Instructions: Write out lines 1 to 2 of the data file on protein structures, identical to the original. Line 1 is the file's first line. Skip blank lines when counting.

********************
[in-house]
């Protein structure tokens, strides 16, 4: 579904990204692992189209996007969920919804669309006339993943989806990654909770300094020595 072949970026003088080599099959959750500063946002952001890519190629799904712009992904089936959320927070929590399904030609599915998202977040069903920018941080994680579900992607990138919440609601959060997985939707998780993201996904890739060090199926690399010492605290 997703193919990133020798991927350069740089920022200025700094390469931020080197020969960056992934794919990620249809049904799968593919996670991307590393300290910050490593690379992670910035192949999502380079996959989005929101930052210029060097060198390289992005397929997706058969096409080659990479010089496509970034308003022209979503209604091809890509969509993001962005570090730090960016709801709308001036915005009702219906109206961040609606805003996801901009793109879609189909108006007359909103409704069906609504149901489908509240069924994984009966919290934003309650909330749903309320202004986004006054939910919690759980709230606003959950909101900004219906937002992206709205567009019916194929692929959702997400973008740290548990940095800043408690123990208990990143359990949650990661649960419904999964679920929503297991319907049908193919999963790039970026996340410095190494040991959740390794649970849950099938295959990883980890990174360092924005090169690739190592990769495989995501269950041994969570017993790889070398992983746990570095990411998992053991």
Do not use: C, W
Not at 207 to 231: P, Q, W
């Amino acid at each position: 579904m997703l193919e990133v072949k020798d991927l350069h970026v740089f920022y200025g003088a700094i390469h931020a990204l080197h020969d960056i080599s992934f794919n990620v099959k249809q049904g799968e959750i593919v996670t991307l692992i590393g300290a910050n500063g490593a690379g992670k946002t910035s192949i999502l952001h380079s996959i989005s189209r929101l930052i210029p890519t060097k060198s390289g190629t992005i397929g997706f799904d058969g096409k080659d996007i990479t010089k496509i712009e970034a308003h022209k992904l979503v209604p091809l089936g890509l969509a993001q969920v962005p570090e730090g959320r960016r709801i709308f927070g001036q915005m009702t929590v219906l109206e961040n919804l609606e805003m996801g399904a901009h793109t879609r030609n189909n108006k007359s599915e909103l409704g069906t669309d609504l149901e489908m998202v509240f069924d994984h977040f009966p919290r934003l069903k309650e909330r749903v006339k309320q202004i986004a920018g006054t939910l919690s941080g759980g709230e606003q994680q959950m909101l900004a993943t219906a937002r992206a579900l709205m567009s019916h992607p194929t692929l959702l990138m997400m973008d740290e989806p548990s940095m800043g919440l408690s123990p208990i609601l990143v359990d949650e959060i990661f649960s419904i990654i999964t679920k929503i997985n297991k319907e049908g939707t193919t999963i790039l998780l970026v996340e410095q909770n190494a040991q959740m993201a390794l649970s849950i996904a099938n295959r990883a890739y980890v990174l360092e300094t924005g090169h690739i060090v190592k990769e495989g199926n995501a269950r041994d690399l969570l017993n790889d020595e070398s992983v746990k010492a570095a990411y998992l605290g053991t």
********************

[in-house]
């Protein structure tokens, strides 16, 4: 579904990204692992189209996007969920919804669309006339993943989806990654909770300094020595 072949970026003088080599099959959750500063946002952001890519190629799904712009992904089936959320927070929590399904030609599915998202977040069903920018941080994680579900992607990138919440609601959060997985939707998780993201996904890739060090199926690399010492605290 997703193919990133020798991927350069740089920022200025700094390469931020080197020969960056992934794919990620249809049904799968593919996670991307590393300290910050490593690379992670910035192949999502380079996959989005929101930052210029060097060198390289992005397929997706058969096409080659990479010089496509970034308003022209979503209604091809890509969509993001962005570090730090960016709801709308001036915005009702219906109206961040609606805003996801901009793109879609189909108006007359909103409704069906609504149901489908509240069924994984009966919290934003309650909330749903309320202004986004006054939910919690759980709230606003959950909101900004219906937002992206709205567009019916194929692929959702997400973008740290548990940095800043408690123990208990990143359990949650990661649960419904999964679920929503297991319907049908193919999963790039970026996340410095190494040991959740390794649970849950099938295959990883980890990174360092924005090169690739190592990769495989995501269950041994969570017993790889070398992983746990570095990411998992053991």